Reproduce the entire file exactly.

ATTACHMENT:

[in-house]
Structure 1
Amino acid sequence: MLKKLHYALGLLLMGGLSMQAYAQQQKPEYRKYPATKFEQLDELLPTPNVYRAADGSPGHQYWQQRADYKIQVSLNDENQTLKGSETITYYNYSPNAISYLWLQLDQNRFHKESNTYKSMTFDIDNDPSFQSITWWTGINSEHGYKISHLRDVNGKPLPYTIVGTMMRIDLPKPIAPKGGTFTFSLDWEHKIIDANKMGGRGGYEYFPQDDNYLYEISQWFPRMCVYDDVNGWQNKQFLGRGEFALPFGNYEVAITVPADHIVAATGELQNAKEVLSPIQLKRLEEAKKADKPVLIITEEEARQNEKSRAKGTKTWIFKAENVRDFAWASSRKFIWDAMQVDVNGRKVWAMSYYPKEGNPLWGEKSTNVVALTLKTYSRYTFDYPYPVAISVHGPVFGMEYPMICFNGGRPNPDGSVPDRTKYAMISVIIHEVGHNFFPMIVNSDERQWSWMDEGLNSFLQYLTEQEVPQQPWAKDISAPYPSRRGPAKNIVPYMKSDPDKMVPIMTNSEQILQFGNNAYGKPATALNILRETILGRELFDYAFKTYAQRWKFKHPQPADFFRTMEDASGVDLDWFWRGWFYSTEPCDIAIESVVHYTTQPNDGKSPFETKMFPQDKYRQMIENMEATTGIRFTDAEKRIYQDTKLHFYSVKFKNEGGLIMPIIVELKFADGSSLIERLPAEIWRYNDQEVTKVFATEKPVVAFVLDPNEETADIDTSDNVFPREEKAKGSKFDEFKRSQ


[in-house]
Structure 1
Amino acid sequence: MLKKLHYALGLLLMGGLSMQAYAQQQKPEYRKYPATKFEQLDELLPTPNVYRAADGSPGHQYWQQRADYKIQVSLNDENQTLKGSETITYYNYSPNAISYLWLQLDQNRFHKESNTYKSMTFDIDNDPSFQSITWWTGINSEHGYKISHLRDVNGKPLPYTIVGTMMRIDLPKPIAPKGGTFTFSLDWEHKIIDANKMGGRGGYEYFPQDDNYLYEISQWFPRMCVYDDVNGWQNKQFLGRGEFALPFGNYEVAITVPADHIVAATGELQNAKEVLSPIQLKRLEEAKKADKPVLIITEEEARQNEKSRAKGTKTWIFKAENVRDFAWASSRKFIWDAMQVDVNGRKVWAMSYYPKEGNPLWGEKSTNVVALTLKTYSRYTFDYPYPVAISVHGPVFGMEYPMICFNGGRPNPDGSVPDRTKYAMISVIIHEVGHNFFPMIVNSDERQWSWMDEGLNSFLQYLTEQEVPQQPWAKDISAPYPSRRGPAKNIVPYMKSDPDKMVPIMTNSEQILQFGNNAYGKPATALNILRETILGRELFDYAFKTYAQRWKFKHPQPADFFRTMEDASGVDLDWFWRGWFYSTEPCDIAIESVVHYTTQPNDGKSPFETKMFPQDKYRQMIENMEATTGIRFTDAEKRIYQDTKLHFYSVKFKNEGGLIMPIIVELKFADGSSLIERLPAEIWRYNDQEVTKVFATEKPVVAFVLDPNEETADIDTSDNVFPREEKAKGSKFDEFKRSQ